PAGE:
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The text of the motion is:

That this House has considered UK policy on torture and the treatment of asylum claims

The bid to the Backbench Business Committee may be heard on

Torture has long been prohibited by the common law, as Lord Bingham described in a 2005 House of Lords judgment:

It is … clear that from its earliest days the common law of England set its face firmly against the use of torture. Its rejection of this practice was indeed hailed as a distinguishing feature of the common law … .

In rejecting the use of torture, whether applied to potential defendants or potential witnesses, the common law was moved by the cruelty of the practice as applied to those not convicted of crime, by the inherent unreliability of confessions or evidence so procured and by the belief that it degraded all those who lent themselves to the practice.

(A v Secretary of State for the Home Department [2005] UKHL 71 [11])

The English Bill of Rights of 1688 provided that “cruell and unusuall punishments” should not be inflicted, and in Scotland torture was prohibited under the Treason Act of 1708.

The contemporary legal framework prohibiting torture is set out in a number of different international treaties and instruments and in domestic legislation.

Article 3 of the European Convention on Human Rights (ECHR) states that “No one shall be subjected to torture or to inhuman or degrading treatment or punishment”. The ECHR is given effect in domestic law by the Human Rights Act 1998, which places an obligation on public authorities to act in compliance with the ECHR.  

Unlike other Convention rights, the prohibition on torture is absolute, meaning that it is not limited by exceptions, and derogations from article 3 are not permitted, even in times of war or public emergency.

The prohibition in article 3 is closely modelled on article 5 of the Universal Declaration of Human Rights.

The UK has also ratified the 1984 UN Convention Against Torture and Other Cruel Inhuman or Degrading Punishment (UNCAT). UNCAT defines torture as:

Any act by which severe pain or suffering, whether physical or mental, is intentionally inflicted on a person for such purposes as obtaining from him or a third person information or a confession, punishing him for an act he or a third person has committed or is suspected of having committed, or intimidating or coercing him or a third person, or for any reason based on discrimination of any kind, when such pain or suffering is inflicted by or at the instigation of or with the consent or acquiescence of a public official or other person acting in an official capacity.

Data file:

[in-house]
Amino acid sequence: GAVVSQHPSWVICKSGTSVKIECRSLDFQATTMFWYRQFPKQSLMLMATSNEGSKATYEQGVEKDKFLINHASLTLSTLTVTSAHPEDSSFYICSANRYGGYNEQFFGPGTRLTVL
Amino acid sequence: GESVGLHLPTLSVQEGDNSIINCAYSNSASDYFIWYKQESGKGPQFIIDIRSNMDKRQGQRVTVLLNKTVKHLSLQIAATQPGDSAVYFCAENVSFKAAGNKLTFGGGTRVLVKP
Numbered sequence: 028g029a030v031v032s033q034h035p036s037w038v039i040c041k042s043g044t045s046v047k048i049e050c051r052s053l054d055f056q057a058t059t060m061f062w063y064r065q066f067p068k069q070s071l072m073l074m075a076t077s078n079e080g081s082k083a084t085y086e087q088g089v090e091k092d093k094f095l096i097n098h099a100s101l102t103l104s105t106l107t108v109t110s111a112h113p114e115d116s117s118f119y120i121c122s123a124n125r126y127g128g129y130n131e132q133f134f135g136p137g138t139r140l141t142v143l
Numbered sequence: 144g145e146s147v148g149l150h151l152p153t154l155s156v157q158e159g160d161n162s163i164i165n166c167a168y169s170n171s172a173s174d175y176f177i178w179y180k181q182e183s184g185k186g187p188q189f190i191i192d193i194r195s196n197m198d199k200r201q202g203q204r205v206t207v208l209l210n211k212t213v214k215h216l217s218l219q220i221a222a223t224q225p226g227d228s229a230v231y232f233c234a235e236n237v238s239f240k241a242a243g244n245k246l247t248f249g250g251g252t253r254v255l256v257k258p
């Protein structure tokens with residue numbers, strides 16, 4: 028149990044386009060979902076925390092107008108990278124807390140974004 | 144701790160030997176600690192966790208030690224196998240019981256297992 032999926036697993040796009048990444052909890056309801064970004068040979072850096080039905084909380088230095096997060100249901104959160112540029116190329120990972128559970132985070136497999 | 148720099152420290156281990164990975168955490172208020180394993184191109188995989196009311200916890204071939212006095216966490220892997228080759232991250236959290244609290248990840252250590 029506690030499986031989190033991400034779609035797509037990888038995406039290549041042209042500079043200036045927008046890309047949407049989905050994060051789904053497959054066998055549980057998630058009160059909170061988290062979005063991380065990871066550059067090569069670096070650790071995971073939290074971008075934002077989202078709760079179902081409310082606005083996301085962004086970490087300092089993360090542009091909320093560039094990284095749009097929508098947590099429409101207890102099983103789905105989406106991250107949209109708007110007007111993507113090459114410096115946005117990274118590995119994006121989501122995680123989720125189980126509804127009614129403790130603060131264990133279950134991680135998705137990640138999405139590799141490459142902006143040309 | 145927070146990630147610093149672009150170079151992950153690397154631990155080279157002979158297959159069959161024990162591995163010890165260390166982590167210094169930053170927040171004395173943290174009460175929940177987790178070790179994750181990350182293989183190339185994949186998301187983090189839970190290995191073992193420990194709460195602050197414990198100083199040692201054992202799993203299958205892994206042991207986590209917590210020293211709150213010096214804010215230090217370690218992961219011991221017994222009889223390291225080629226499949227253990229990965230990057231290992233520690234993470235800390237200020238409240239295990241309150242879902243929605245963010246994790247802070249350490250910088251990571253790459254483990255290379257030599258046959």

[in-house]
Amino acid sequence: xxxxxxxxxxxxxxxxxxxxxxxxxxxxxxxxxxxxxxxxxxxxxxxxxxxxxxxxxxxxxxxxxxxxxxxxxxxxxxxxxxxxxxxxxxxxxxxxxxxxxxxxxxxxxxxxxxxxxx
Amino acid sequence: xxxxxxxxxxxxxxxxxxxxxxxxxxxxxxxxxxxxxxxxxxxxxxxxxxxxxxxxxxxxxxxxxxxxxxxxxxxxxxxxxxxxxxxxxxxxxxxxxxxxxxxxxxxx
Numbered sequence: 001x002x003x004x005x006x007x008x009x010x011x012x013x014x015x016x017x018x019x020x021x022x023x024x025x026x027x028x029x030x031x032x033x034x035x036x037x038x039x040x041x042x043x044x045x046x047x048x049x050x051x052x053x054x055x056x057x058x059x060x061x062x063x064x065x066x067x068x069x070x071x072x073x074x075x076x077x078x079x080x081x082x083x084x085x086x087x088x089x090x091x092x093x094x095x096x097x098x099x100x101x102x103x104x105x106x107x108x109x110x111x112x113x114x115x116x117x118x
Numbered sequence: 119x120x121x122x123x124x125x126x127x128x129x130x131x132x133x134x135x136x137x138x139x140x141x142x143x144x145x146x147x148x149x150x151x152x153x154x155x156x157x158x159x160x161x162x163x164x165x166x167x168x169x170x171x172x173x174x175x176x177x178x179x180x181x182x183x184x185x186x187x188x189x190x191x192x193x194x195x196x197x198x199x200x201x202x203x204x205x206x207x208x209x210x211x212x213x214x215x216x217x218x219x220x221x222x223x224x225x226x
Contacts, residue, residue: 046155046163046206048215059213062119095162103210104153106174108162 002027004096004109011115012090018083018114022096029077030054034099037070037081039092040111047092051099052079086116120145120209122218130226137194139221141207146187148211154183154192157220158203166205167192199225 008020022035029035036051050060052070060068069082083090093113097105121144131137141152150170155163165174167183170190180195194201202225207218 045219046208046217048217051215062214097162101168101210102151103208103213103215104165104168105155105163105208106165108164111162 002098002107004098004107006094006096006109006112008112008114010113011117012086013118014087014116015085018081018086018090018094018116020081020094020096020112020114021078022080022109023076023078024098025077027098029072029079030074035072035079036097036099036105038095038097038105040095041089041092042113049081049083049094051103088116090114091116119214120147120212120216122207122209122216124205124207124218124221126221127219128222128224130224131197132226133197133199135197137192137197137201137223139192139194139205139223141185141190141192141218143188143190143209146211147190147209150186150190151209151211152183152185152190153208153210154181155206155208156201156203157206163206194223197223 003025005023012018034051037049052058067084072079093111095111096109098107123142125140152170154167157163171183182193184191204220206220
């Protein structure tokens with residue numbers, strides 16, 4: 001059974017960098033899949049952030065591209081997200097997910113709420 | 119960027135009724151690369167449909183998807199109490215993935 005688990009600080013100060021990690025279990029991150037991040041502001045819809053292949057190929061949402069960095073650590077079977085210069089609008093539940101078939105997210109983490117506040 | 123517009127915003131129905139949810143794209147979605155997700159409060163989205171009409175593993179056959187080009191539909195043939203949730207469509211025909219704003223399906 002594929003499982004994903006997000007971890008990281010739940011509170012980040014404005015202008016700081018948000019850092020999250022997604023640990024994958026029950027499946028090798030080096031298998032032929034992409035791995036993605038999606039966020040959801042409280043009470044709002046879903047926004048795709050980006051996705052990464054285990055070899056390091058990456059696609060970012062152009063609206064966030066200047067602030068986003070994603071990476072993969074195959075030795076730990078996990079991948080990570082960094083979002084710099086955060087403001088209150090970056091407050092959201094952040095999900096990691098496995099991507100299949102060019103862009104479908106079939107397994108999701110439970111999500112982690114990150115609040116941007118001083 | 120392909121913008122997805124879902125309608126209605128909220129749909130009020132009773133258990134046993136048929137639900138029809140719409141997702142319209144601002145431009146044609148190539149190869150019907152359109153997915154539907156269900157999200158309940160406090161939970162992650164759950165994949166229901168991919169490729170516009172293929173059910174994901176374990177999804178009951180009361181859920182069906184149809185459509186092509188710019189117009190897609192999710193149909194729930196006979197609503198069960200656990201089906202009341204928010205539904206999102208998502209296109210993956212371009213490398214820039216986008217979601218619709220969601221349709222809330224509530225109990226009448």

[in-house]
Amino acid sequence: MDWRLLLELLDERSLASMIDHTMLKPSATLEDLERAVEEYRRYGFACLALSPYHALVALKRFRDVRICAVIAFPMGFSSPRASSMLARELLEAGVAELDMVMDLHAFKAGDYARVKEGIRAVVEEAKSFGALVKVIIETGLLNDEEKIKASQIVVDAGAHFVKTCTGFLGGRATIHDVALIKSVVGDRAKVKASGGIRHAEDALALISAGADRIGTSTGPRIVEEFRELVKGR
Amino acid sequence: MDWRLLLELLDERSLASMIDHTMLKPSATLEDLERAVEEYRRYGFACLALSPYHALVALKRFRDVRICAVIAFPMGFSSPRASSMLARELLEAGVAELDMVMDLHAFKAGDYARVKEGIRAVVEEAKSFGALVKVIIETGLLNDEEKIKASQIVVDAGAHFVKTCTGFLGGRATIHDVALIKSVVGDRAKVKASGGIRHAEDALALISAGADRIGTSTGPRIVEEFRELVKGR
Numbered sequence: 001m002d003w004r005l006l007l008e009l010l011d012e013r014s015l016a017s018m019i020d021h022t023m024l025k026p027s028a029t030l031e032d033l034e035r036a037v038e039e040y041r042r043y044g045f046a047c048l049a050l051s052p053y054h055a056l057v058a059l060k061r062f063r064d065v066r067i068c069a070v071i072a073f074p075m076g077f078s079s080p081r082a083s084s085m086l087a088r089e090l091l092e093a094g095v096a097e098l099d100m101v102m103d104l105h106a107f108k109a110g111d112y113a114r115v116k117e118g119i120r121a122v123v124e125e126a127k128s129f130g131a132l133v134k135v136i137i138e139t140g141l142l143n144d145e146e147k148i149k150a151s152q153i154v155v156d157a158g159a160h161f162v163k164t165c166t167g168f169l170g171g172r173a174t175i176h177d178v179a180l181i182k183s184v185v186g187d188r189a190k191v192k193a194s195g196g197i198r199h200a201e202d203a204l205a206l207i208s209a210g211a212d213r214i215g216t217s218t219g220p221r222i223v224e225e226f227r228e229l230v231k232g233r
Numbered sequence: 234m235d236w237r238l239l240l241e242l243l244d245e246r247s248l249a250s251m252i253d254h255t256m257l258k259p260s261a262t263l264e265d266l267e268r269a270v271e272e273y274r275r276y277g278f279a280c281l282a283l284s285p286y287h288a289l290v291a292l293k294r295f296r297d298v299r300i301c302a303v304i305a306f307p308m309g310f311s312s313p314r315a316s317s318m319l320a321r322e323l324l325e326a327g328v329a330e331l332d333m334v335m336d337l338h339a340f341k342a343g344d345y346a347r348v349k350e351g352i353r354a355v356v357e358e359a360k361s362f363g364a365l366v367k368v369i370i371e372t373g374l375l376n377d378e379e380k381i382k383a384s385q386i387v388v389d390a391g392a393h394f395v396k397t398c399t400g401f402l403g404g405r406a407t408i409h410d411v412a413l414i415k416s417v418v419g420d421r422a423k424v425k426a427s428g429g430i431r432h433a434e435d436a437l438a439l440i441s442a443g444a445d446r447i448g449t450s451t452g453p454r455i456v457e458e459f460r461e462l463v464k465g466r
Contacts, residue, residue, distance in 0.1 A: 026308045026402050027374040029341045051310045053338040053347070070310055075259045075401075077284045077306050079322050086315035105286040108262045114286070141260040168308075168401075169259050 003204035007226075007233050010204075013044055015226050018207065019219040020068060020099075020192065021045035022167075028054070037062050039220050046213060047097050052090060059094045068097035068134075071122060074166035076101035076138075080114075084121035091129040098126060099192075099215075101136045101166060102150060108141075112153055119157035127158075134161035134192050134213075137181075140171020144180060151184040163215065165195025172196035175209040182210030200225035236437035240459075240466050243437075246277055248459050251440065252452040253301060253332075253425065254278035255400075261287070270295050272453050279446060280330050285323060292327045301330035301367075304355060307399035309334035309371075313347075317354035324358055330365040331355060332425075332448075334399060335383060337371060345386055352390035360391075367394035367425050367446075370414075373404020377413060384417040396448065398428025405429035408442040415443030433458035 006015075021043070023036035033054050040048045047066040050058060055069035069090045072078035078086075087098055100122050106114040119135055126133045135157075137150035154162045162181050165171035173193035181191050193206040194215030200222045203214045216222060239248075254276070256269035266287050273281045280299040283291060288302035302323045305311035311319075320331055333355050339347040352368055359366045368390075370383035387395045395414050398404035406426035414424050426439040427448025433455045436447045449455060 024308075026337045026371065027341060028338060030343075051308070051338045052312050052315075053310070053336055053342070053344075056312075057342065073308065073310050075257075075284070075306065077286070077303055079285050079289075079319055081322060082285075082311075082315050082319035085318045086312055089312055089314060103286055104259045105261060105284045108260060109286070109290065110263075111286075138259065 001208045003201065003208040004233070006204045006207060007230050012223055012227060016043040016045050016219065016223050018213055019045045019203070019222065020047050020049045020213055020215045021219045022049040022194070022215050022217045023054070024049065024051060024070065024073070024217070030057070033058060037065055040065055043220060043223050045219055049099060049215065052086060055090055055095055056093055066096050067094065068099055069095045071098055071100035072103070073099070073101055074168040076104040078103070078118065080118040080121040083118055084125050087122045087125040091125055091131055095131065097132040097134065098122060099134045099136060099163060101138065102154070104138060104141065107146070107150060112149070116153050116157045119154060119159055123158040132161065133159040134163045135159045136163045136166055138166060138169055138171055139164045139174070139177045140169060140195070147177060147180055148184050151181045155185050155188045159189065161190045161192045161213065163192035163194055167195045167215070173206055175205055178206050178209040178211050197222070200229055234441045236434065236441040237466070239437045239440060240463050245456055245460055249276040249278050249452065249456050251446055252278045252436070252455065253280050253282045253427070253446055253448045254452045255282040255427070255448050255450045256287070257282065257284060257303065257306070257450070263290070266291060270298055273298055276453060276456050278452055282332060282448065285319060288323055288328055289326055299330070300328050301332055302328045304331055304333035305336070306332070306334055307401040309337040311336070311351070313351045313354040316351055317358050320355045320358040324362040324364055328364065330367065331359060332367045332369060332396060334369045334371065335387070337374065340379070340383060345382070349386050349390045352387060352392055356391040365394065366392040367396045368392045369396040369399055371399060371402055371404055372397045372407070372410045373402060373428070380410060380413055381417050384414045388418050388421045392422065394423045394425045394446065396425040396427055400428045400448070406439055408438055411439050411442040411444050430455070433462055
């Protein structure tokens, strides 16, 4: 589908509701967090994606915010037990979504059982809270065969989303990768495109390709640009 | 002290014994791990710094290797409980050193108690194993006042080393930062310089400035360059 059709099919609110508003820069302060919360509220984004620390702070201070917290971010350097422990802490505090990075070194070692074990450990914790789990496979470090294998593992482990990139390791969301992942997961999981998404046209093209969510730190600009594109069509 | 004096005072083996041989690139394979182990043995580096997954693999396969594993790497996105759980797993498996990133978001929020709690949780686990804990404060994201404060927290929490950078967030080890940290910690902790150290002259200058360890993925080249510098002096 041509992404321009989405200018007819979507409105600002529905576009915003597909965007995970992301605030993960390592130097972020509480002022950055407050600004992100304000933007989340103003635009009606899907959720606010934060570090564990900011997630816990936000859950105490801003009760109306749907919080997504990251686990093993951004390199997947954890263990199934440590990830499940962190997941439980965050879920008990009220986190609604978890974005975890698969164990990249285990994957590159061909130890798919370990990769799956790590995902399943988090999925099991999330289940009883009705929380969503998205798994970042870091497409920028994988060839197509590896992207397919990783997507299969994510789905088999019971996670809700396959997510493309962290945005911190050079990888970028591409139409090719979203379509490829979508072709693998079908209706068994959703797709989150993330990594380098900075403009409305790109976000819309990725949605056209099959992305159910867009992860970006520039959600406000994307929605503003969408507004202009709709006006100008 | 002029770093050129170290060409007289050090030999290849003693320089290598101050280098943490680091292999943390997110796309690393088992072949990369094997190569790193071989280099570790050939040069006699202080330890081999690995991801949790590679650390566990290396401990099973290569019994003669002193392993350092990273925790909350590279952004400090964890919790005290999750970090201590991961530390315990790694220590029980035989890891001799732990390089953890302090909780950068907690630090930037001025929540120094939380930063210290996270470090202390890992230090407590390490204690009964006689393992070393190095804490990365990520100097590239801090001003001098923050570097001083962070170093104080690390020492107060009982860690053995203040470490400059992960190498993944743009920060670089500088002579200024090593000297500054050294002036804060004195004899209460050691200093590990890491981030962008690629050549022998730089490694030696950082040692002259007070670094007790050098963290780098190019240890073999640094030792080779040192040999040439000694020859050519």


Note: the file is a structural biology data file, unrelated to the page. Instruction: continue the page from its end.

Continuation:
As a matter of domestic criminal law, torture is prohibited by section 134 of the Criminal Justice Act 1988, which defines it as the infliction of severe pain or suffering by a public official in the performance of his public duties.

In practice, these legal principles tend to arise in certain specific contexts, such as intelligence cooperation with regimes that use torture; the admissibility of evidence obtained through torture in legal proceedings; the extradition or deportation of individuals to jurisdictions that practice torture; and, asylum applications.

Home Office Asylum Policy Instructions guide asylum caseworkers in making decisions on asylum applications. A November 2016 report by Freedom from Torture claimed existing Home Office policy is not being followed and that expert medico-legal reports are poorly handled by caseworkers. Following publication of the report, the Minister for Immigration reiterated the policy guidance and Home Office officials undertook a review of the cases to which it referred.

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